Some Thoughts Before The Review: Deadpool stories by some of my favorite writers?! Needless to say, I have some pretty high expectations for Deadpool #900.
“Close Encounters of the F*cked-up Kind”
By Jason Aaron (Writer), Chris Staggs (Pencils), Juan Vlasco (Inks), and Marte Gracia (Colors)
The Story: Aliens abduct Deadpool. You probably know what happens next.
The Good And The Bad: “Close Encounters of the F*cked-up Kind” is a basic, predictable “aliens abduct someone they can’t handle” story. Regardless though, it still manages to be pretty fun. Chris Staggs’s pencil work, while a bit rough, is mostly impressive and compares favorably to Paco Medina’s work on the ongoing series. Jason Aaron’s dialogue is humorously immature at times, but it works well enough and fits the story.
“Silent but Deadly”
By Fred Van Lente (Writer) and Dalibor Talajic (Artist)
The Story: Deadpool fights a trio of mimes.
The Good And The Bad: While there isn’t a whole lot of dialogue, Fred Van Lente’s story about mimes that have the power to make their miming actions a reality is one of the best things about Deadpool #900. Artist Dalibor Talajic does almost all of the hard work and definitely does Van Lente’s script justice. Talajic’s art tells the story extremely well, though a few panels are a bit hard to follow because of how the powers being used work. A sword fight without swords cannot be an easy thing to draw, so I give all the credit in the world to Talajic for making the scene work far better than it has any right to.
By Mike Benson (Writer), Damion Scott (Artist), and Lee Loughridge (Colors)
The Story: Deadpool sees a shrink in order to work through some issues.
The Good And The Bad: Mike Benson’s Deadpool story is definitely the oddest one of the bunch. It’s dark, surprisingly serious, a bit psychological, and somewhere between gritty and surreal (not to mention very “indie”) visually. Personally, I think it’s compelling and very well executed. That said, there’s no question it seems a bit out of place among the lighter stuff in Deadpool #900. One thing’s for sure though: Damion Scott and Lee Loughridge make a great team.
By Joe Kelly (Writer) and Rob Liefeld (Artist)
The Story: Deadpool looks to cash in on a bet.
The Good And The Bad: I’m not going to bother with the debate about Rob Liefeld’s art style. Why? Because his work for “Pinky Swear” sure as hell isn’t going to change any minds. As for the story, Joe Kelly does a nice job of delaying the whole point of the story for comedic effect. Had the story been even a page longer though, I probably would have lost my patience with the whole thing. Kelly’s dialogue is funny, but the story drags on for longer than it should.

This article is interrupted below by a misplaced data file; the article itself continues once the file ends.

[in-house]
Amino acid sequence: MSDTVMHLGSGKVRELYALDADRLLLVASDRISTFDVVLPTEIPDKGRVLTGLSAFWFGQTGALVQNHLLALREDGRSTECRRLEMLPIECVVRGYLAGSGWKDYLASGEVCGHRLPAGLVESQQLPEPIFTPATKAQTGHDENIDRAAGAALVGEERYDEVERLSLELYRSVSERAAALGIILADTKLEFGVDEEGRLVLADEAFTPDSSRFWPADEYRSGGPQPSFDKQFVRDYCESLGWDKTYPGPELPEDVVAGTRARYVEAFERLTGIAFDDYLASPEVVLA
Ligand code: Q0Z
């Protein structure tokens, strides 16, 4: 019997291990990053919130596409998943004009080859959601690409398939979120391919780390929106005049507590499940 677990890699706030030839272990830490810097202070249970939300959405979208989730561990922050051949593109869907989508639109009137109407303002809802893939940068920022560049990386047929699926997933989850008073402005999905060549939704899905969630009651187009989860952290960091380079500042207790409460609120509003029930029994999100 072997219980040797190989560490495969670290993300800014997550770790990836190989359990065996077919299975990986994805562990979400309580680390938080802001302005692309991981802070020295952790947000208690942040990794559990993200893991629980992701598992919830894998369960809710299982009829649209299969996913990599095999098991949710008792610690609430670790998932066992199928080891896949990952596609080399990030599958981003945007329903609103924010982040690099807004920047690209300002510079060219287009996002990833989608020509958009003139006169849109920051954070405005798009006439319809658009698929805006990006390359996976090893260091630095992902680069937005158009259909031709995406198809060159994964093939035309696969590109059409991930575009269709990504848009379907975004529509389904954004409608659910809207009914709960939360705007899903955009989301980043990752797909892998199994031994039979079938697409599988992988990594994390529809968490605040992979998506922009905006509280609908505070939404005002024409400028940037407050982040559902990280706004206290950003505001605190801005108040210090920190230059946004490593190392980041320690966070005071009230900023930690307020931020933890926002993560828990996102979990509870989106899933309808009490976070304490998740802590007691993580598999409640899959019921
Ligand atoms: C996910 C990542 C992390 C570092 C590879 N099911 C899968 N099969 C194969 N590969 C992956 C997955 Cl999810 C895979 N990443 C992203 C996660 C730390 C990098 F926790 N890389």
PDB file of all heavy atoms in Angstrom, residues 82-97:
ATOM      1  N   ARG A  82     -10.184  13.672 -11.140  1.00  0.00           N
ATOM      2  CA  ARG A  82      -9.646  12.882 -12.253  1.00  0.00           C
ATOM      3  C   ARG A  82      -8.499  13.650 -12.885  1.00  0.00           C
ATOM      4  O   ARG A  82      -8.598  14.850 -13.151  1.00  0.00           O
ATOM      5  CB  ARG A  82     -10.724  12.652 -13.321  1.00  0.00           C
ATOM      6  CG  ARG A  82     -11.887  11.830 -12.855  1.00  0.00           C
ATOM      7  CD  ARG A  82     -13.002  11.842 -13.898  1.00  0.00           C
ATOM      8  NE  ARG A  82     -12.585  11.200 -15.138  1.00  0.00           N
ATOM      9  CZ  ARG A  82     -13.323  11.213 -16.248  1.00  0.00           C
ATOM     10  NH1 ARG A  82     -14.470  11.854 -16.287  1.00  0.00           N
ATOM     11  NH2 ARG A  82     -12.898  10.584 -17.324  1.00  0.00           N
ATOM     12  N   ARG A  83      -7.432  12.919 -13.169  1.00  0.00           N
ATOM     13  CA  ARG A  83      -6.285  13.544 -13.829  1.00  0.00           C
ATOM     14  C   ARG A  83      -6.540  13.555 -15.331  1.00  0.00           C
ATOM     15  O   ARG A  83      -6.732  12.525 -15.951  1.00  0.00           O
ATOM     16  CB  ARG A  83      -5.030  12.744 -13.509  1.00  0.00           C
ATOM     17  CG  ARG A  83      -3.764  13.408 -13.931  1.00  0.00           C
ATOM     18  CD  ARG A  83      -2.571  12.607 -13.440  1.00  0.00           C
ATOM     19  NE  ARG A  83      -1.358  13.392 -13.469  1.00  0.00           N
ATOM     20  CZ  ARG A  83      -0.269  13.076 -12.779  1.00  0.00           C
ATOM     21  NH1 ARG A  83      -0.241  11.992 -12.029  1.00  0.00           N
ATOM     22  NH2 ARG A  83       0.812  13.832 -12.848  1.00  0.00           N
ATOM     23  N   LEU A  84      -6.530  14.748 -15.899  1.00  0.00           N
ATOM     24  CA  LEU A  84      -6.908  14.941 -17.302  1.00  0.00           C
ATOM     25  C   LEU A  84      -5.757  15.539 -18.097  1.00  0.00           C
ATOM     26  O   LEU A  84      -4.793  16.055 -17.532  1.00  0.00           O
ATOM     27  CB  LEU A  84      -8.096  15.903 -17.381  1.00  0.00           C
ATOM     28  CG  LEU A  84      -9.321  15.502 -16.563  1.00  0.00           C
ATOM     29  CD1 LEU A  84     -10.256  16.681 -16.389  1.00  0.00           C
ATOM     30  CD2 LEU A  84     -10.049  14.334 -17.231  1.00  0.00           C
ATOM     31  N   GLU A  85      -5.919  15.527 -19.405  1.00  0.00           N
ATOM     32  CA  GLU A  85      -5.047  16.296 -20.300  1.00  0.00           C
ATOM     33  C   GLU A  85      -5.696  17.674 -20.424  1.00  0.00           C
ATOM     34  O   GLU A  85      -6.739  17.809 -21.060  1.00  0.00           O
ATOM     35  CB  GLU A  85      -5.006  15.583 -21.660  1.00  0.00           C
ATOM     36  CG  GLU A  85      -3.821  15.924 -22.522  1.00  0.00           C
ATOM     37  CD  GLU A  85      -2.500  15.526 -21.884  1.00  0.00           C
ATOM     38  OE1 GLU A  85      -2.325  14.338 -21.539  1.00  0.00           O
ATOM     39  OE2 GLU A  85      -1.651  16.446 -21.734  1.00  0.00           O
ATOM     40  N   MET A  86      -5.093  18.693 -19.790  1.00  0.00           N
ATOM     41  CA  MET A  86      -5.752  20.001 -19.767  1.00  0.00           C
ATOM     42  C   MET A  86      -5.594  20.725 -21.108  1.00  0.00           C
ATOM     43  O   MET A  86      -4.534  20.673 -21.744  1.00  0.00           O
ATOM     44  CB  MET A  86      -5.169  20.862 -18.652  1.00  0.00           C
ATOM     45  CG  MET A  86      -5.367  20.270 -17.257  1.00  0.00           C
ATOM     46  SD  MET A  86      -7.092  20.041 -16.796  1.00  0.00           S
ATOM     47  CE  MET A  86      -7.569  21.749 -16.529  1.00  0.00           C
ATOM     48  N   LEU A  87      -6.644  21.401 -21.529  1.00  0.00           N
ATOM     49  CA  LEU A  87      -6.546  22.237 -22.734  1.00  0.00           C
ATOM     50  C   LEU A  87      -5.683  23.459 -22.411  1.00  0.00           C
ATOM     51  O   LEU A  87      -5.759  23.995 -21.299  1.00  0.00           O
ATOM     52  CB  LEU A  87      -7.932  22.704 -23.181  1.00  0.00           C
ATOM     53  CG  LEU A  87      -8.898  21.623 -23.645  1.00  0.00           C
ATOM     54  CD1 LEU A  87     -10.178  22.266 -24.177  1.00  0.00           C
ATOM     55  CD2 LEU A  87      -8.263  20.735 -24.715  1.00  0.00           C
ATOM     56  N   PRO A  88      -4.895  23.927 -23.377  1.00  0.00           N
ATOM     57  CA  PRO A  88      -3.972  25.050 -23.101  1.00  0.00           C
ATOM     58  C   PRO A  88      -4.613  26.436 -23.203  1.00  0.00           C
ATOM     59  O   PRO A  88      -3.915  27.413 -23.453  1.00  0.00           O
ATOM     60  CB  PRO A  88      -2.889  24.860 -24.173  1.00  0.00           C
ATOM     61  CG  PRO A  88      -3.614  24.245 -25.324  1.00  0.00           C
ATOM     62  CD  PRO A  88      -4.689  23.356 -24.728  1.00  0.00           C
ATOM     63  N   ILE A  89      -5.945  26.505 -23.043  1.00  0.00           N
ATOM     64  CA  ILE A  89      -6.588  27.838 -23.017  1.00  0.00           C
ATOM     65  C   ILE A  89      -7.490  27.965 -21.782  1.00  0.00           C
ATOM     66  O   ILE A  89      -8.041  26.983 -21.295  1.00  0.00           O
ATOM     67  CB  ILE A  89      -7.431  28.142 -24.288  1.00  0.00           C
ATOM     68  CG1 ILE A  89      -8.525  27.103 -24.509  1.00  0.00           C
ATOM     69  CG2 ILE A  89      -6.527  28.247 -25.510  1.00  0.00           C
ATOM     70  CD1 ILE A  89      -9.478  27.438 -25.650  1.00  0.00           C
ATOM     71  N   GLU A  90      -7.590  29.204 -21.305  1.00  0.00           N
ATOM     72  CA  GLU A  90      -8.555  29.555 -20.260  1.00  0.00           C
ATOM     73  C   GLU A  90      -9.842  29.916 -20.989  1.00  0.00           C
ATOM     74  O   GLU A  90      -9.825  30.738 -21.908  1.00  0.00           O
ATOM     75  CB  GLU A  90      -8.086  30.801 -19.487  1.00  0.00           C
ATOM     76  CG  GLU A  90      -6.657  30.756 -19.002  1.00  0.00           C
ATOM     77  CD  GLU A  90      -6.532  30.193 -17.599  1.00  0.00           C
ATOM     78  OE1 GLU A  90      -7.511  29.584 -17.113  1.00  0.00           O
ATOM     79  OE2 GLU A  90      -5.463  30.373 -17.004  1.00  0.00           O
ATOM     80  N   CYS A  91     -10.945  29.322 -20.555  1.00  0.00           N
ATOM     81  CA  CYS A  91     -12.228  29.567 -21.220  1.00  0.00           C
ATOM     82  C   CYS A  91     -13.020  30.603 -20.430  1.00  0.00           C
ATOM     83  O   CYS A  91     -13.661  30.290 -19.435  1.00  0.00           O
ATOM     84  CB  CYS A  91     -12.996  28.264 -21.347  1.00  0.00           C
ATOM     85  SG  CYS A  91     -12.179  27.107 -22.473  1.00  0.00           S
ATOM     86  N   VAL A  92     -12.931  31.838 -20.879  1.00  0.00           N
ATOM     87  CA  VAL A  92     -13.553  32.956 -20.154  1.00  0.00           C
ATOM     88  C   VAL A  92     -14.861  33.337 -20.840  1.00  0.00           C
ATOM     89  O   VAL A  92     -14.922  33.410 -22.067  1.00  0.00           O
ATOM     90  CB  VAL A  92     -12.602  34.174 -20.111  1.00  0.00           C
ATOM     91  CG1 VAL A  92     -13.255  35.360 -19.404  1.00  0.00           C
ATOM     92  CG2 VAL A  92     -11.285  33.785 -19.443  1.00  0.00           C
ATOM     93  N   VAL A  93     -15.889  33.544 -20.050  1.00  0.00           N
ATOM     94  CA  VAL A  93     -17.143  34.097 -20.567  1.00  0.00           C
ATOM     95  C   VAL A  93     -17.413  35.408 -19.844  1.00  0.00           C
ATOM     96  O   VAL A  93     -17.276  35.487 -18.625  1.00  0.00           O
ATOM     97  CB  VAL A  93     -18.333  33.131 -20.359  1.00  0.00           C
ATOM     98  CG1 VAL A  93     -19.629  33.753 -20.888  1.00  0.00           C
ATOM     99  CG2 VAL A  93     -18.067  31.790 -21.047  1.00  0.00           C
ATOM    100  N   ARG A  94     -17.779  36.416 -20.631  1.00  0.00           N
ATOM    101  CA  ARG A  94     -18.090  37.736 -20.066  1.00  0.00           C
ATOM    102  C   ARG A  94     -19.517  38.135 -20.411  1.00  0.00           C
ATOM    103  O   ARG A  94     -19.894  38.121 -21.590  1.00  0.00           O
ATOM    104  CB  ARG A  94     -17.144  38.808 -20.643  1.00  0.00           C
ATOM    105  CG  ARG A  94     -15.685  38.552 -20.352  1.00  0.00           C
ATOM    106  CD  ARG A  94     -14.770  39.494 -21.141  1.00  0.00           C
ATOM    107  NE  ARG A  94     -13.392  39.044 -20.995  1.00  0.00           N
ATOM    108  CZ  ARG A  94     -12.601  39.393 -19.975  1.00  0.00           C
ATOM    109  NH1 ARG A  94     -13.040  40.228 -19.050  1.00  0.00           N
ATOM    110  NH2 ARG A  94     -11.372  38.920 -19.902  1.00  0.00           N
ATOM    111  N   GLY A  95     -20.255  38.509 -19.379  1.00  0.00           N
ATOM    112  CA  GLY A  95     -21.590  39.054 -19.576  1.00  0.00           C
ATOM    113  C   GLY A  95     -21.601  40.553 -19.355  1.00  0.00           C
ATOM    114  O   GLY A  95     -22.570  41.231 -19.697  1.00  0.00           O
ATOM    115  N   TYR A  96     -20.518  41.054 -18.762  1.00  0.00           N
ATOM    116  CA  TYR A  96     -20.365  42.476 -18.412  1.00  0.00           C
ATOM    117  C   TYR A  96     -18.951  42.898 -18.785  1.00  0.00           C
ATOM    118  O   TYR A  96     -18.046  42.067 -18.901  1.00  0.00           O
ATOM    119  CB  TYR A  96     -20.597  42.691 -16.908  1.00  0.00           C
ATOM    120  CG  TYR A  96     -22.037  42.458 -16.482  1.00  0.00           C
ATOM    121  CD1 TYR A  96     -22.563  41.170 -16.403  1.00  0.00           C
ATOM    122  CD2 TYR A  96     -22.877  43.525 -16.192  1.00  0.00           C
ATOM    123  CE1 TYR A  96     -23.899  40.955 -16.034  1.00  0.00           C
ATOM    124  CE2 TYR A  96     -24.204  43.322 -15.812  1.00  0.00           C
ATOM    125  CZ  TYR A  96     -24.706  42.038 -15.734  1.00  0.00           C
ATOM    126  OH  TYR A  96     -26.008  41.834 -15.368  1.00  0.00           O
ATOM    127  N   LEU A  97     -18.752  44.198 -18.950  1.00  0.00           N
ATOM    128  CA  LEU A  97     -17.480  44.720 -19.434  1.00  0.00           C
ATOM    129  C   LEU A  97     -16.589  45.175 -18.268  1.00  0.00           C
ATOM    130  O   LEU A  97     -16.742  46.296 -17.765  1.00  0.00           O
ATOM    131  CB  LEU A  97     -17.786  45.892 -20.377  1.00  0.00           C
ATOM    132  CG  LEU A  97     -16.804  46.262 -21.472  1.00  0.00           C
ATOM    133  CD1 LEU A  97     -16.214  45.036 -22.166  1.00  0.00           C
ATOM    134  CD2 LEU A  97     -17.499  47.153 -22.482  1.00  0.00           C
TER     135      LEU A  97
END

“What Happens in Vegas…”
By Duane Swierczynski (Writer), Shawn Crystal (Artist), and Lee Loughridge (Colors)
The Story: A crime scene investigation… Deadpool style.
The Good And The Bad: In order to get the most out of Duane Swierczynski’s Deadpool story, you have to have some familiarity with the whole crime scene T.V. show fad. If you do, you’ll probably find Swierczynski’s script to be pretty damned funny. Stereotypical investigators, talk of sex crimes, a bloody crime scene…it’s all there. It wouldn’t work nearly as well if Shawn Crystal’s artwork didn’t capture the vibe of Swierczynski’s script, but, thankfully, it does in every way.
“Great Balls of Thunder on the Deep Blue Sea”
By Victor Gischler (Writer), Sanford Greene (Pencils), Nathan Massengill (Inks), and Dave McCaig (Colors)
The Story: Deadpool goes on a cruise and disrupts Dr. Octopus.
The Good And The Bad: While the bright and colorful artwork by Sanford Green and his team is a bit jarring, it’s certainly not bad in any way. It gets the job done and helps make “Great Balls of Thunder on the Deep Blue Sea” one of the more enjoyable reads in Deadpool #900. Victor Gischler’s script is nothing special, but it definitely makes good use of the Doc’s arms.
By Charlie Houston (Writer) and Kyle Baker (Artist)
The Story: A “meta” Deadpool story in which the character wonders about his life.
The Good And The Bad: “One Down” is a pretty trippy story all around. From Kyle Baker’s bizarre visuals (Deadpool Vs. a pirate Fin Fang Foom anyone?) to Charlie Houston’s “meta” script, nearly everything about “One Down” is strange. It works, but the story certainly isn’t for everyone.
“Deadpool & Widdle Wade: Turning Japanese”
By James Felder (Writer), Pete Woods (Pencils), Walden Wong (Inks), and Shannon Blanchard (Colors)
The Story: A reprint of an older Deadpool story, “Deadpool & Widdle Wade” is the largest story in Deadpool #900. It’s about Deadpool dealing with a Japanese mobsters Deadpool clone.
The Good And The Bad: I’m a bit torn about “Deadpool & Widdle Wade.” On one hand, it’s creatively decent and pretty fun all around. On the other, it’s a reprint that’s taking up space that could have been used on other new Deadpool stories.
Conclusion: Deadpool #900 is a great value, but none of the stories in the book fall under the “must read” category. Pick it up if you are a fan of the character.
Overall Grade: C+